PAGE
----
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Subject: Re: Celestron C8N tube assembly
By: Anonymous (xxx.xxx.139.49)
In Reply to: Anonymous (xxx.xxx.241.1) (Original Message)
Date: 01/06/2004 07:40:07 pm PDT
Hi,

I own the C8-NGT and the secondary is indeed collimatable. Once you loosen the three allen head screws, the philips can be used to move the secondary closer/farther to/from the primary, and to rotate it. And the three allen head screws can be used to adjust the tilt. True, the focuser itself can't be collimated, so shimming is required if it points significantly far away from the center of the tube. See the manual for the SkyView Pro 8 EQ Reflector, since it has the identical spider assembly to the one in the C8-N, and that manual is superior to the one Celestron includes with the C8-N:

http://www.telescope.com/text/content/pdf/IN_175_SkyViewPro_8EQ.pdf

Hope this helps.

I love my C8-NGT in case anyone's still reading. ;-) The optics and the mount are excellent.



> [snip]
>Second, the secondary cell is glued to the spider holder so that no adjustment of screws can take place here. The screws of the spider can be adjusted but only for adjusting the location of the secondary up and down or sideways to allign the secondary in the tube in relation to the main mirror. Same thing with the middle screw which holds the holder to the spider. It can only be adjusted so that the secondary mirror can be rotated.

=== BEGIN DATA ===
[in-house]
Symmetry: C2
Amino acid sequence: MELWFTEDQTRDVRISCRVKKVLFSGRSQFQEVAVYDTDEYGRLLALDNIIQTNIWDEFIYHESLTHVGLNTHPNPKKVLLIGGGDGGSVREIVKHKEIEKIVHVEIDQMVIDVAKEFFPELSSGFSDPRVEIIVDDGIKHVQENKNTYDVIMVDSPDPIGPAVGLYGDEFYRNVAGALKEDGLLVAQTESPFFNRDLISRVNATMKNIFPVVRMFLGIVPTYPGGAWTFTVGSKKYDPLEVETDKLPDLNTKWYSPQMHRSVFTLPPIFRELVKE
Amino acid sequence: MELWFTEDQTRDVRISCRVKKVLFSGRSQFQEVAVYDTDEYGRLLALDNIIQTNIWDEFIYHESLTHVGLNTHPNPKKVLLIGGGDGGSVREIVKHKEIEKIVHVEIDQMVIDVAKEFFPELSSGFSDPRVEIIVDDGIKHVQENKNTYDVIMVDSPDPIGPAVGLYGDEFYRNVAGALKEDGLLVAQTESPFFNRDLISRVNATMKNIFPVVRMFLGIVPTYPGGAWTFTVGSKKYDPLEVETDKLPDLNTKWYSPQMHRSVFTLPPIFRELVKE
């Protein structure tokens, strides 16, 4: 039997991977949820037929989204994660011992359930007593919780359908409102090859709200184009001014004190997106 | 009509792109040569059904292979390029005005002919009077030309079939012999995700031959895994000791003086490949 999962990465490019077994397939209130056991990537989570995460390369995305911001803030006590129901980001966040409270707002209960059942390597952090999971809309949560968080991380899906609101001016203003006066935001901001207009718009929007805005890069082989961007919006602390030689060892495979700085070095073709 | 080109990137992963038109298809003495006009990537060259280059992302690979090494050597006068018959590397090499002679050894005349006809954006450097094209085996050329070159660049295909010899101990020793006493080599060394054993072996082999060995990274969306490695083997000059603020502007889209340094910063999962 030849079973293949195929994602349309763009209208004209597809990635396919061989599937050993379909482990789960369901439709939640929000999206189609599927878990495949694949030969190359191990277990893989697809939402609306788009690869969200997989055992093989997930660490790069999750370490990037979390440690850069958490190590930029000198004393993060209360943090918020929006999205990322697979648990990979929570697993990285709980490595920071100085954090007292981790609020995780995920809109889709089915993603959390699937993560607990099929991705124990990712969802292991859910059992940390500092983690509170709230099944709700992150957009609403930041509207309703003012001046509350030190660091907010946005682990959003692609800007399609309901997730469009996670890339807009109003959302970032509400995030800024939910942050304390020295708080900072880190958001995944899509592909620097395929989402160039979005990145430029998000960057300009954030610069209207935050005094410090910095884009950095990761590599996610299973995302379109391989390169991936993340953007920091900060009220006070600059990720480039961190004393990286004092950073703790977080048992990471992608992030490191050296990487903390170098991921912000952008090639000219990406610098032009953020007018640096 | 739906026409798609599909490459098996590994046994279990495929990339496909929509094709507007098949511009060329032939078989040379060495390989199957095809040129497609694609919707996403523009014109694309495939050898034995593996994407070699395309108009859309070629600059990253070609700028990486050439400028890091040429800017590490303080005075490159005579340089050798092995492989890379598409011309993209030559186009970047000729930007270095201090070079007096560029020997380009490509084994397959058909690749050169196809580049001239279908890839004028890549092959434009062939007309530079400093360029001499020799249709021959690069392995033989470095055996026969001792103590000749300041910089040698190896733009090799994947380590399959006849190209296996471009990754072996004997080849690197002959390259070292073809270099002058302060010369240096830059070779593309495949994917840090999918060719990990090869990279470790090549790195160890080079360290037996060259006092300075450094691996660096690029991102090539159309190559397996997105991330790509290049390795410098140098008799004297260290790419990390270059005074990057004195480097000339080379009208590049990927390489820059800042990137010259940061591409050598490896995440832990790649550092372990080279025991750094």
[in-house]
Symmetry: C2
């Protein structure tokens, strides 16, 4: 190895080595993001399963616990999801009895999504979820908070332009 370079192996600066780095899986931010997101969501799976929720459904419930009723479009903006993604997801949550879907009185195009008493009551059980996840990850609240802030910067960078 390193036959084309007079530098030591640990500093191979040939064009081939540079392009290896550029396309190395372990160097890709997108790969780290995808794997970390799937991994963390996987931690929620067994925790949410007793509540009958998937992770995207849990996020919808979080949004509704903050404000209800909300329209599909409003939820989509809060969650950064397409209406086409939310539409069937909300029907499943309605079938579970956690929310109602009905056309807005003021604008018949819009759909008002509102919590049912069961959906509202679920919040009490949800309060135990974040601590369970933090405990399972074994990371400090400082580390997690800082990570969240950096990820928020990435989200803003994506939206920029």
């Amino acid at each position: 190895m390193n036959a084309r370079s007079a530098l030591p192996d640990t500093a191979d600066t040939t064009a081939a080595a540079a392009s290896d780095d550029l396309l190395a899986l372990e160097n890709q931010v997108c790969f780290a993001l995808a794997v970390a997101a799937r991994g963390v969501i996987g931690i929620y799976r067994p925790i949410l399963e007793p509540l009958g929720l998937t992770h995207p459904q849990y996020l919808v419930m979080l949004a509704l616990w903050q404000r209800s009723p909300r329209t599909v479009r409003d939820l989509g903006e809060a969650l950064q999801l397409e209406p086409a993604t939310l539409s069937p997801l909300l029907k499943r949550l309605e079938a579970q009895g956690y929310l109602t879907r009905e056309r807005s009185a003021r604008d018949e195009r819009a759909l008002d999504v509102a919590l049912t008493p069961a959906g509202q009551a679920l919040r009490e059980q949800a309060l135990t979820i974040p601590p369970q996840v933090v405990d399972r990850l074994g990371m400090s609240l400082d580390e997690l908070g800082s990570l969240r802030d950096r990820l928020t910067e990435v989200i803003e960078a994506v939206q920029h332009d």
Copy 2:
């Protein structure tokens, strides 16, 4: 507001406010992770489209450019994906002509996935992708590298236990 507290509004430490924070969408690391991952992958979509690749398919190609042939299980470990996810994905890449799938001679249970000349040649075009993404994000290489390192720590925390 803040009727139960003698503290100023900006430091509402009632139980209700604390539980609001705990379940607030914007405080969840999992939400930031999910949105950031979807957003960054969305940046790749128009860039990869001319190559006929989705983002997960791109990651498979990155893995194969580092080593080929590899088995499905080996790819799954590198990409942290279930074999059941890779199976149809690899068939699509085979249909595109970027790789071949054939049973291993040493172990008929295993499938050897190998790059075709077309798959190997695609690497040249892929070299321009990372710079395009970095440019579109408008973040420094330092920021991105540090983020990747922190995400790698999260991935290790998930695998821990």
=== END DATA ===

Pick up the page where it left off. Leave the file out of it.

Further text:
>
>The only way I could collimate this was to actually bend the spider (slightly) so the tilt of the mirror was perpendicular to the main mirror. For whatever reason, when I got this the tilt was slightly off so that the secondary reflection on the main mirror showed one side larger than the other. I used a cheshire collimation eyepeice to get this just right, adjusting the spider so the secondary was centered, then adjusting the secondary itself so that the reflection the main mirror and secondary were as centered as much as possible. This collimation process took about a week due to time constraints, and the need for outdoor testing under the stars.
>
> [snip]